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Enough is enough. Prisoner abuse and botched investigations undermine national security, handing America’s enemies a devastating recruiting tool. Mr. Obama should appoint an unrelenting career prosecutor to the case, someone of the caliber of Patrick Fitzgerald, the U.S. attorney in Chicago, to dig deeper. He must follow where the evidence leads.
The Atlantic’s Andrew Sullivan noted the deafening silence from the Obama Administration about this matter:
In Iran, when prisoners are turned into corpses after interrogation, even the Khamenei junta feels it necessary to respond. In America, not so much.
He was the first to call for appointment of a special prosecutor. Investigating the deaths in Guantánamo has been complicated by the Justice Department’s suspicious complicity in the cover-up, starting only hours after the deaths. Because of its demonstrated inability to deal with the matter in a fashion consistent with prosecutorial ethics and the requirements of law, the next steps are just those noted by the Post Dispatch. Of course, the special prosecutor should be named by Eric Holder rather than the White House, since this is what law technically contemplates. But Congress must also assert its oversight responsibilities here, and the key initial queries need to focus on the embarrassing failings of the Department of Justice.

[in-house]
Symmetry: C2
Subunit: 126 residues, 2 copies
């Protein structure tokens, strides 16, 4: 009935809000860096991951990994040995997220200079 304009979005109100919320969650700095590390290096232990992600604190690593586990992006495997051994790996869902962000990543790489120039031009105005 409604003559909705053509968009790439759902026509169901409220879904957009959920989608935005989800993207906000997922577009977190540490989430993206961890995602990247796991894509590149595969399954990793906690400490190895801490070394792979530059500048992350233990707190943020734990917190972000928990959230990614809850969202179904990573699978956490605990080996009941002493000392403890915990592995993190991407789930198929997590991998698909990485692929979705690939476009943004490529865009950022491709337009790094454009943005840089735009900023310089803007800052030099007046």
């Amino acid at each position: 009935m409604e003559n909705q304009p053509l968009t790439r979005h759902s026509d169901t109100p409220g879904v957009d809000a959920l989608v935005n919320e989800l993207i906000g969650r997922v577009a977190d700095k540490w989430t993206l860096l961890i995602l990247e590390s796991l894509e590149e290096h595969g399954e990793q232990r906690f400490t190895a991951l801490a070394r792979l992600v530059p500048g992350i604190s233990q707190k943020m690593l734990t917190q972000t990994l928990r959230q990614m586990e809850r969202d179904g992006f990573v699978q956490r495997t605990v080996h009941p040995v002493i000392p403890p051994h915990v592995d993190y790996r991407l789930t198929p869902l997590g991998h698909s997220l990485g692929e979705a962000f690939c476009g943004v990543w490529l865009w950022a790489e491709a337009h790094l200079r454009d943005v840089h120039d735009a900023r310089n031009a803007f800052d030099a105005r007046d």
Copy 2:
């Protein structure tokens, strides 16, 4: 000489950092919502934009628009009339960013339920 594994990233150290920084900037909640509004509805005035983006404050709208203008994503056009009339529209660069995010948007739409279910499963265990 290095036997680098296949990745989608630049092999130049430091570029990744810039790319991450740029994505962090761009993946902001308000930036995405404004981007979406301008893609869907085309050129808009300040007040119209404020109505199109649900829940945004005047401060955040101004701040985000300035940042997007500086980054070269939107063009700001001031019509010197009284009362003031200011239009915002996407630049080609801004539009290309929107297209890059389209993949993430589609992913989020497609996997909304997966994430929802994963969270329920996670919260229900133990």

More from Scott Horton:
Six Questions — October 18, 2014, 8:00 pm
Nathaniel Raymond on CIA interrogation techniques.
Mark Denbeaux on the NCIS cover-up of three “suicides” at Guantánamo Bay Detention Camp
From the June 2014 issue
Amount that President Obama has added to America’s “brand value” according to the Nation Brands Index:
A study suggested that the health effects of exposure to nuclear radiation at Chernobyl were no worse than ill health resulting from smoking and normal urban air pollution.
A former New York City police officer who had been arrested in 2012 for exchanging online messages about cooking women alive and eating them, and for illegally accessing data about potential victims in law-enforcement databases, was sentenced to time served.
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“I hope that after reading the following pages the leaders of the Y. M. C. A. will start a campaign to induce good young men to do nothing. If so, I shall not have lived in vain.”